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06.21.2011
Not Too Close
New renderings of Chelsea's General Theological Seminary reveal new luxury enclave.
View east along 20th Street.
Courtesy BBB

In 1883 the General Theological Seminary campus designed by Charles Coolidge Haight was lapped  at its western edge by the waters of the Hudson. Now it will lap more condo owners in luxury.

After selling the buildings on the east end for $10 million to the Brodsky Organization to develop Chelsea Enclave, luxury apartments designed by Polshek Partnership, the seminary still found itself $41 million in the hole. Last winter, it was revealed that Brodsky   continued on page 10  Not?too Close continued from front page  would take over an additional 90,000 square feet, including the seminary’s oldest building, the West Building, built in 1836. The developer retained Beyer, Blinder, Belle (BBB) to design more luxury housing within the historic quad, known as the Close. New renderings show a building replacing a tennis court and playground and connected by a glass link to the West Building, also being converted to luxe condos.

 
View of the glass link between the West Building and addition from the Close (left) and from 20th street (right).
 

BBB principal John Beyer said that the new building’s design refers back to the old campus in the same manner as Polshek’s. With the exception of the West Building, the old campus structures have strong rusticated bases, red brick midsections with pronounced cornice lines and robust turrets and slate clad gables above. The new design mimics that organization, with the same rusticated base, a red brick middle, but with a zinc clad set-back at the top. A steel band course divides base from the midsection with recessed flush bay windows for four stories, before setting back twice to provide balconies for the top two floors. Facing the Close, Beyer said, the generous glass corners at the top defer to the set backs of the original campus. “We wanted to dematerialize that top, to make it soft,” he said.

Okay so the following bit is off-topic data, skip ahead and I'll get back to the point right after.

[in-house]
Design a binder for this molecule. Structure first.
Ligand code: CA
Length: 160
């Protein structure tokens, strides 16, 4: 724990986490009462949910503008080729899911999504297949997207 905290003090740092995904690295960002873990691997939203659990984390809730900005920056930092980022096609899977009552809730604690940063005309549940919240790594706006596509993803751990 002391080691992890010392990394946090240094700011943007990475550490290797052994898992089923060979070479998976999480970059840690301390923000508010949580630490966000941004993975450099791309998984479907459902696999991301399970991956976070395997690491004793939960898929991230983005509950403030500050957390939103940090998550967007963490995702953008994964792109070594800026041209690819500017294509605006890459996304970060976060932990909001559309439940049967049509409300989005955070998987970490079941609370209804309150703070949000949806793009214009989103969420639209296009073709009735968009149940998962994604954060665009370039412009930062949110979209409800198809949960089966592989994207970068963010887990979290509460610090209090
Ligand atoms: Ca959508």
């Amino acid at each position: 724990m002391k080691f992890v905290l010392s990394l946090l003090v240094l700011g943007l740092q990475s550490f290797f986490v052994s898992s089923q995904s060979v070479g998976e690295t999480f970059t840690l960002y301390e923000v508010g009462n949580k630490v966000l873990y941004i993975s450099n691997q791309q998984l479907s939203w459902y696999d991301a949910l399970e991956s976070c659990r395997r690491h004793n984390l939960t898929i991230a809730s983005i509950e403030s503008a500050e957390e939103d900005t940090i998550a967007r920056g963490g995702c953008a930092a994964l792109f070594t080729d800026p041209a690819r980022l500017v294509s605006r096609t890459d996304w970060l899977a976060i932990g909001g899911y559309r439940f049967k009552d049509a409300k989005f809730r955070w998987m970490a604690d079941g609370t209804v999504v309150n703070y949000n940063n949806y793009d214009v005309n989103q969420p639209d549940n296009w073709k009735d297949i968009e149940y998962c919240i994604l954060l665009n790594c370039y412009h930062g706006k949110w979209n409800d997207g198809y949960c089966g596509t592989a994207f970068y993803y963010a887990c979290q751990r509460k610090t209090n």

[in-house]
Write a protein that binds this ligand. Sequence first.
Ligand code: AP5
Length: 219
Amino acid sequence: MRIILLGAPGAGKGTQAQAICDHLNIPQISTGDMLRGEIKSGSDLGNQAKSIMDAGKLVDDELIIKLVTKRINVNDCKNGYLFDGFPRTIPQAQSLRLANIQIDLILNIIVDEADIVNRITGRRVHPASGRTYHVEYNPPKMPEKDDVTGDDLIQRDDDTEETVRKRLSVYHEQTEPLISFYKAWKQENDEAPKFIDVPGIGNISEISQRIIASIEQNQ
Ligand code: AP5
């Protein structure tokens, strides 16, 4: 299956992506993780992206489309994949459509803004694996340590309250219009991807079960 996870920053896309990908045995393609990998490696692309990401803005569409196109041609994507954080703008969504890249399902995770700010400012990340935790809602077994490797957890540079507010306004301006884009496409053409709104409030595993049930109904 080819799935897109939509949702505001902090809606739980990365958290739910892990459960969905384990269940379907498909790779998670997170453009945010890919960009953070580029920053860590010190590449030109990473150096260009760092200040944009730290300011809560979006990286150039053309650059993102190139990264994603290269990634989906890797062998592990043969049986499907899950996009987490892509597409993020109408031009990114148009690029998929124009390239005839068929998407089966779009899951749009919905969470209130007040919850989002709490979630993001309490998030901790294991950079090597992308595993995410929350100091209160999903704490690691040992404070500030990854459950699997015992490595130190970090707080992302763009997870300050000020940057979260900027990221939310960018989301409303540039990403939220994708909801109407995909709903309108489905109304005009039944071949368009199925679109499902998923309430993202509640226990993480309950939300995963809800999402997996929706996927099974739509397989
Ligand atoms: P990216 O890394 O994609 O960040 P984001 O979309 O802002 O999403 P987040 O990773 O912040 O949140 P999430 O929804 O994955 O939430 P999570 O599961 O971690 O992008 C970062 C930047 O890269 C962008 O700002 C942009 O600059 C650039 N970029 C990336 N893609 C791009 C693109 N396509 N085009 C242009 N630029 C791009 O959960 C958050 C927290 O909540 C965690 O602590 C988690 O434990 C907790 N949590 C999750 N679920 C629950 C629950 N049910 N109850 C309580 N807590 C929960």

For the gothic West Building, the firm plans to clear away the ivy that is eating away the Manhattan schist façade and otherwise restore the exterior. The garden will be restored as well by Andrew Moore of Quennell Rothschild Partners. Moore said that with the exception of one crabapple tree, all of the large trees would be left untouched and the hodgepodge of paving stones will be restored to the original bluestone. “We’ve been looking at the historical development of the Close and the character is primarily grass and trees in the center,” said Moore, noting that a child’s play area will be relocated and adults provided with a barbeque area in place of the tennis court.

At the Community Board 4 meeting held on June 1, Save Chelsea, who in the past has been an outspoken critic of the Brodsky plan, referred reporters to one lone voice against the plan. Architect and Chelsea resident David Holowka argued the new building design “cynically imitates” Polshek’s as “a strategy to get it through landmarks.” Noting that even the original master planner “took pains to take a hands-off approach to the West Building, to leave it to its own time, symmetry and materials,” he complained that with the glass link, “it’s no longer a self-contained free standing symmetrical building.”

A public hearing for the proposal at the Landmarks Preservation Commission is scheduled for June 21.

Tom Stoelker